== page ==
You’re NOT The Average Of The Five People You Surround Yourself With

You’ve probably heard it more times than you can count. “You’re the average of the five people spend the most time with,” a quote attributed most often to motivational speaker Jim Rohn. There’s also the “show me your friends and I’ll show you your future” derivative.

Whichever you’ve heard, the intent is the same. Audit the people around you. Make sure that you’re spending time with people who are in line with what you want for your own life (preferably people “better” than you so it raises your average). It’s compelling. It’s provocative.

And it isn’t true.

At least not in the way that you think. I’ve been researching the science of social networks for my newest book, and I found that you are indeed influenced by the people around you. But that influence doesn’t stop anywhere near the five people you spend the most time with. It’s far more dispersed and research suggests it includes people you haven’t even met yet.

The first major study on the breadth of social influence was conducted by Nicholas Christakis and James Fowler. The duo was examined the data set from the Framingham Heart Study, one of the largest and longest running health studies ever, when they realized that it covered more than just the heart health of the participants. They were studied for all sorts of medical conditions, and during interviews they were probed with all sorts of demographic questions, including questions about family members and friends.

So they started analyzing the data to see what the effects of family members and friends was on something fairly easy and objective: obesity. According to their results, if a friend of yours becomes obese, you yourself are 45 percent more likely than chance to gain weight over the next two to four years. More surprisingly, however, Christakis and Fowler found that if a friend of your friend becomes obese, your likelihood of gaining weight increases by about 20 percent — even if you don’t know that friend of a friend. The effect continues one more person out. If a friend of the friend of your friend develops obesity, you are still 10 percent more likely than random chance to gain weight as well.

Your friends make you fat, but so do their friends, and so do their friends of friends.

Because they had data spanning over three decades, they were able to show a real cause-and-effect relationship between individual friends (and friends of friends) and weight gains. While the researchers looked for a variety of explanations, the most likely one appears to be norms. If your friend is obese or a friend of a friend is obese, that changes your perception of what is an acceptable body size and your behavior changes accordingly.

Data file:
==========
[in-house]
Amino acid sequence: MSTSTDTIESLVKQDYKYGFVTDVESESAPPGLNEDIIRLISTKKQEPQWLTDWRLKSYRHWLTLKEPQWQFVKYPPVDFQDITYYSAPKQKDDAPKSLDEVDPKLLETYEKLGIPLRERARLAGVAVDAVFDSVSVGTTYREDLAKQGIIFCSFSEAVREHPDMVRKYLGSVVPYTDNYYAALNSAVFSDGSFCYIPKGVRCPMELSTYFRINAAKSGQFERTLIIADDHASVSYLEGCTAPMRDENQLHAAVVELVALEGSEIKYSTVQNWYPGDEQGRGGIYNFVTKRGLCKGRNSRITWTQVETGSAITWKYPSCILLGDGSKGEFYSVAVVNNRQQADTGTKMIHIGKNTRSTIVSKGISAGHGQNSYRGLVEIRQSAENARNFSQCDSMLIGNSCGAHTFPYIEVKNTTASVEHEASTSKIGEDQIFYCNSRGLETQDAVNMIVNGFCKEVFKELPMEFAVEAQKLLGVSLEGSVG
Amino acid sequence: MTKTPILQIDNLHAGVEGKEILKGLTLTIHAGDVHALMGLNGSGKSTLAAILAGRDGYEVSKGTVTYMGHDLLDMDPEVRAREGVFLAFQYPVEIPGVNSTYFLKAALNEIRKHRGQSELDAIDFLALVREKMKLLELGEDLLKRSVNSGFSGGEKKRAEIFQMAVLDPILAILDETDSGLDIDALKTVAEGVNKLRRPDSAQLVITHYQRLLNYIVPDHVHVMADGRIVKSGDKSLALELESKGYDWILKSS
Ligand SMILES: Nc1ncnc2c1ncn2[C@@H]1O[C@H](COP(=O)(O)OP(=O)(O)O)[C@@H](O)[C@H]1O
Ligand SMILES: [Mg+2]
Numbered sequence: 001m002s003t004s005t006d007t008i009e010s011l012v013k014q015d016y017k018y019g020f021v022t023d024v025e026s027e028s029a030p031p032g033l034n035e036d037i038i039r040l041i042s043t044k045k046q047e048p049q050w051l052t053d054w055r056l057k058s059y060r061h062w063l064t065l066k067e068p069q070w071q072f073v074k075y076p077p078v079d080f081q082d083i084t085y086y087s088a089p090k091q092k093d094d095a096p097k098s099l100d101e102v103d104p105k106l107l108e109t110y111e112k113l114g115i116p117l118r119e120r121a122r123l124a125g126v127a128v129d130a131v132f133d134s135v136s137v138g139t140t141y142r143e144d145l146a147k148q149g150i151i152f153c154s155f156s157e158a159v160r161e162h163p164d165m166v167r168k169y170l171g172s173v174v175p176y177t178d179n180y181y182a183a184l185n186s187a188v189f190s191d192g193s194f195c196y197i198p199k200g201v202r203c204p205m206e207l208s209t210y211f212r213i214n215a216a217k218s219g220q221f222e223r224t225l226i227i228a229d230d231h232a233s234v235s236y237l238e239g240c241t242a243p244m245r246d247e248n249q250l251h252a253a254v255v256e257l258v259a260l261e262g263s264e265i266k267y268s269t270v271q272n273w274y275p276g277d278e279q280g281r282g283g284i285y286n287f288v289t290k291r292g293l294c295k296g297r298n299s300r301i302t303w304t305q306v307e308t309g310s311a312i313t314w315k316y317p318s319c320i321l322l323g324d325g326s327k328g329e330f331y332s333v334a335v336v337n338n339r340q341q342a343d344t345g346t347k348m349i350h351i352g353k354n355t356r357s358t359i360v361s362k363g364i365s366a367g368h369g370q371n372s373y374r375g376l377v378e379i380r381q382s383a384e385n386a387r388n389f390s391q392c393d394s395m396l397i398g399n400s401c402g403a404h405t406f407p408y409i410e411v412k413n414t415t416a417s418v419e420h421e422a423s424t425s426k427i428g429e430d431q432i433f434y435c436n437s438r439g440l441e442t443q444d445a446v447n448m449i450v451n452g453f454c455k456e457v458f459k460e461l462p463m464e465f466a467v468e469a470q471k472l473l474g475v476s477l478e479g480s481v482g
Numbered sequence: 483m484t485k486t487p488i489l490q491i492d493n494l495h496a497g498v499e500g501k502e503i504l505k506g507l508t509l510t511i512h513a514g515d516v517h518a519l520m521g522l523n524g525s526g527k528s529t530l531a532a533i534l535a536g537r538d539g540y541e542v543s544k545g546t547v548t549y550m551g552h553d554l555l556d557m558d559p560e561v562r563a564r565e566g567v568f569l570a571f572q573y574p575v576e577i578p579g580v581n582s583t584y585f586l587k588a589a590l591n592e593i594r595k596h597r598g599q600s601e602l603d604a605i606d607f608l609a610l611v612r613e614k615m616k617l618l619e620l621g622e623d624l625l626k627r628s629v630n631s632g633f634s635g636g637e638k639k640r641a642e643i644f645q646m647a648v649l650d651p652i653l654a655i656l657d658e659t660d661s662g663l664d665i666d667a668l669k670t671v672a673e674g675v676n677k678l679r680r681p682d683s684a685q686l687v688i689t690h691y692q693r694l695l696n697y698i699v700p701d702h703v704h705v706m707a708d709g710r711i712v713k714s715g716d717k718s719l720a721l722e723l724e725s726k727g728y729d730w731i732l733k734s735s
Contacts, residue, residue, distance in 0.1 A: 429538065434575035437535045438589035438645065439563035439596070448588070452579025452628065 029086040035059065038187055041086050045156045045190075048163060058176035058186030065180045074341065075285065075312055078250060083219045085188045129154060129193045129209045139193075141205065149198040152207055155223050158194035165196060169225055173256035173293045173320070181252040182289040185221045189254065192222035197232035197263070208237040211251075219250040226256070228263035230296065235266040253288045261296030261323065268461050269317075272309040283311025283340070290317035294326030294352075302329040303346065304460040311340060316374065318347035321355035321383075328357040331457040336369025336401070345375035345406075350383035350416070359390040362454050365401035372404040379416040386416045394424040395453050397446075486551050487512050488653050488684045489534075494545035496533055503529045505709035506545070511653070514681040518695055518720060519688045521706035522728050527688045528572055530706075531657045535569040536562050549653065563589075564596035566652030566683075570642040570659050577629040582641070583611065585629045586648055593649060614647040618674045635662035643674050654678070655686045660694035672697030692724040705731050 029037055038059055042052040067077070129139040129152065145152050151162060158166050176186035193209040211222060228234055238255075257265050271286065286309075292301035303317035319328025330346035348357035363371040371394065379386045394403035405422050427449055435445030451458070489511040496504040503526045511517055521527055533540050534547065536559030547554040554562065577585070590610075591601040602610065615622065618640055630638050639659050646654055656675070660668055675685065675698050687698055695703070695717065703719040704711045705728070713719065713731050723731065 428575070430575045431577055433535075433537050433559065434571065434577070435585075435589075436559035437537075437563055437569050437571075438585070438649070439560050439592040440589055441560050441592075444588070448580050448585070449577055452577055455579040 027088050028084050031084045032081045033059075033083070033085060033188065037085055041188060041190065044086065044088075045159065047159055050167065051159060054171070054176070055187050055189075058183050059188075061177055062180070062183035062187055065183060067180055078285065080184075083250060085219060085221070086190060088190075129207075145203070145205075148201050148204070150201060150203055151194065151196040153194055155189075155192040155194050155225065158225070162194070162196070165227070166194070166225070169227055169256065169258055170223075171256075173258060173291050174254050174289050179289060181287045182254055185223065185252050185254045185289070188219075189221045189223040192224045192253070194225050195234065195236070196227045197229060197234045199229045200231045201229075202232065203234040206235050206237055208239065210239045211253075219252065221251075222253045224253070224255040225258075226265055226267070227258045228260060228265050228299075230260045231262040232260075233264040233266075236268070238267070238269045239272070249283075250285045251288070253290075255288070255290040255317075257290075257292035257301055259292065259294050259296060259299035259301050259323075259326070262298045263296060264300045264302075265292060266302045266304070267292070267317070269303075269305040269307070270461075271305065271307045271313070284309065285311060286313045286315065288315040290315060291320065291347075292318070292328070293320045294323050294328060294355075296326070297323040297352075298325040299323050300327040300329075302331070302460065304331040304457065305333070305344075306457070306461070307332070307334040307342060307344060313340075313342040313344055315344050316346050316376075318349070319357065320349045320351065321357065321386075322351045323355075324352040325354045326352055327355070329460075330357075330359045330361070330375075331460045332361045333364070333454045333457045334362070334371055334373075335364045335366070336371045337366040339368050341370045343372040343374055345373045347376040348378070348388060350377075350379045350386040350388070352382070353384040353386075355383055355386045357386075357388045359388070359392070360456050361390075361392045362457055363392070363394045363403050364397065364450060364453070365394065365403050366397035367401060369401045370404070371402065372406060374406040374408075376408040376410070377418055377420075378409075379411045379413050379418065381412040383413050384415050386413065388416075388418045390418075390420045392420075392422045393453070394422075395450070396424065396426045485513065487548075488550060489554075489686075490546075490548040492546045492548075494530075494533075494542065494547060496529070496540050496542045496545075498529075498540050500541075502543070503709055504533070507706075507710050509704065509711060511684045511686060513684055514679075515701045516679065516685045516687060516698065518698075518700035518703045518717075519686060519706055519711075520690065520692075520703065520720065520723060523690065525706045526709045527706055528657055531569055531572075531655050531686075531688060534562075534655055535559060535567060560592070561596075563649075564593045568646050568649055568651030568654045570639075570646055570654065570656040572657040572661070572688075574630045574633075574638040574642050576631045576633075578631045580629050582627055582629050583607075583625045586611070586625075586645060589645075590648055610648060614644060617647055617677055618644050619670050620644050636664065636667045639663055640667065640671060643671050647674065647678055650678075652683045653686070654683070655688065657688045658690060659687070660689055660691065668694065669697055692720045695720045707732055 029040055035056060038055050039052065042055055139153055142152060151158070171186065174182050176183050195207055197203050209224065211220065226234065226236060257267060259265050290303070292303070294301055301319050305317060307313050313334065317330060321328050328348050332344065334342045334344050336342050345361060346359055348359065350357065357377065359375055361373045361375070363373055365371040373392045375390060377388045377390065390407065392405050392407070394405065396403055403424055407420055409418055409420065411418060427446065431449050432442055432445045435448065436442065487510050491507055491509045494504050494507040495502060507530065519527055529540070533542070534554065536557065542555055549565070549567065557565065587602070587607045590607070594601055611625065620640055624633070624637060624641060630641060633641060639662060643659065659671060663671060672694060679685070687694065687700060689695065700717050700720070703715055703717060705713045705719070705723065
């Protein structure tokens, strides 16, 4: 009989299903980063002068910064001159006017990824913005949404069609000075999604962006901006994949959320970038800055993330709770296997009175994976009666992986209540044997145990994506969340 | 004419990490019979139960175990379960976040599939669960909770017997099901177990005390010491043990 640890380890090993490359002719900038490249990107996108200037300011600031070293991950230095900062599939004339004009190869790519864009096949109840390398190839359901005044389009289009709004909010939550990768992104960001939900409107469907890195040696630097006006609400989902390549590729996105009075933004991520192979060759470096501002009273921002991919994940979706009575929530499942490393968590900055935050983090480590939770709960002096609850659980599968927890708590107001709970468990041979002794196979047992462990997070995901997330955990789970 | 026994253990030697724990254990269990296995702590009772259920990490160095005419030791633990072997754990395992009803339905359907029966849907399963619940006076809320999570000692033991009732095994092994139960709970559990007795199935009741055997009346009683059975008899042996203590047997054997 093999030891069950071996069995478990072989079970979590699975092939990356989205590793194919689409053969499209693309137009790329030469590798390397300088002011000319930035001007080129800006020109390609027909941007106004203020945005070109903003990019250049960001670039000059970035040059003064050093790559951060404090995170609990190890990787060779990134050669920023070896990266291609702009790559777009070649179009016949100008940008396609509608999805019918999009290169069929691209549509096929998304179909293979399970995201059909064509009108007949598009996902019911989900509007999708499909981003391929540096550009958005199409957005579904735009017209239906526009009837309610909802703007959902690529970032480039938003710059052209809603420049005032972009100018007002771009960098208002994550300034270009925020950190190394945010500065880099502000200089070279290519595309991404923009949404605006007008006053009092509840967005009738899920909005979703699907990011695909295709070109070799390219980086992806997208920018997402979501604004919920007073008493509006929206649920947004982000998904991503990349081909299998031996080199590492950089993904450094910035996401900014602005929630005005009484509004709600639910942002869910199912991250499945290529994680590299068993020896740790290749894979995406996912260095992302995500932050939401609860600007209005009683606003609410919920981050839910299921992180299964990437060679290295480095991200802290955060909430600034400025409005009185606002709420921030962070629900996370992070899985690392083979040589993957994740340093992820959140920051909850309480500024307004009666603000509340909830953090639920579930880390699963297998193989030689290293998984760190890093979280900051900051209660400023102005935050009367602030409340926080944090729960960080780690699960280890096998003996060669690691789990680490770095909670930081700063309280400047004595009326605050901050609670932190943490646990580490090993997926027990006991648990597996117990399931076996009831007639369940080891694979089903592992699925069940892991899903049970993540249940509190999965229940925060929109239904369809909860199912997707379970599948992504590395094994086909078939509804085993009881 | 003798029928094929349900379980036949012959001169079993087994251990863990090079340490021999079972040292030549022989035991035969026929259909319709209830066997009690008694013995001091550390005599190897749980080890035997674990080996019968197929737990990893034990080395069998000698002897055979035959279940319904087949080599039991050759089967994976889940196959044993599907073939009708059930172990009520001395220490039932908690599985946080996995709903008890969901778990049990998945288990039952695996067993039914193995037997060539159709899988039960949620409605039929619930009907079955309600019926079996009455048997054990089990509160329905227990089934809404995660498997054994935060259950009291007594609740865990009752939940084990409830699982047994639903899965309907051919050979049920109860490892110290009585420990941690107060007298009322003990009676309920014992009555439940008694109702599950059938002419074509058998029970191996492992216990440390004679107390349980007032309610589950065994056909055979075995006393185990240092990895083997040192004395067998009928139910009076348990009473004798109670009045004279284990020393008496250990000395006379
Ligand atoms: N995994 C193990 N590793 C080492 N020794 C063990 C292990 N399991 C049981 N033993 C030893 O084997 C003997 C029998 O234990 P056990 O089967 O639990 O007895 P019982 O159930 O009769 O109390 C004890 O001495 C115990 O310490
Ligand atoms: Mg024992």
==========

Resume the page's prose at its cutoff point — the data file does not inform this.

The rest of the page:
And it doesn’t stop at obesity. In a follow-up study, Christakis and Fowler found something similar with smoking rates. Using the same social network data they had borrowed from the Framingham Heart Study, they found that if your friend smokes, you are 61 percent more likely to be a smoker yourself. If a friend of your friend smokes, you are still 29 percent more likely to smoke. And for a friend of a friend, the likelihood is 11 percent. Perhaps the most telling study was of happiness. The two researchers found that happy friends make you happier — no surprise there.But if your friend of a friend of a friend is happy with their life, then you have a 6 percent greater likelihood of being happy yourself. Now six percent might not seem like much, but consider that other studies suggest that if I gave you a $10,000 raise, that would only trigger about a 2 percent increase in your happiness.

Your friends really are your future. And the implication is that you don’t just need to be more deliberate about who you’re spending the most time with. You need to be examining your entire network and its influence on your life. You need to know where you sit inside the larger network of your social community.

You’re not the average of the FIVE people you surround with. It’s way bigger than that. You’re the average of all the people who surround you. So take a look around and make sure you’re in the right surroundings.

Like This Idea?

There’s a host of similar ideas on growing and strenghtening your network in my newbook Friend of a Friend. Learn an authentic, non-sleazy way to make new connections and build old relationships. Click here to learn more.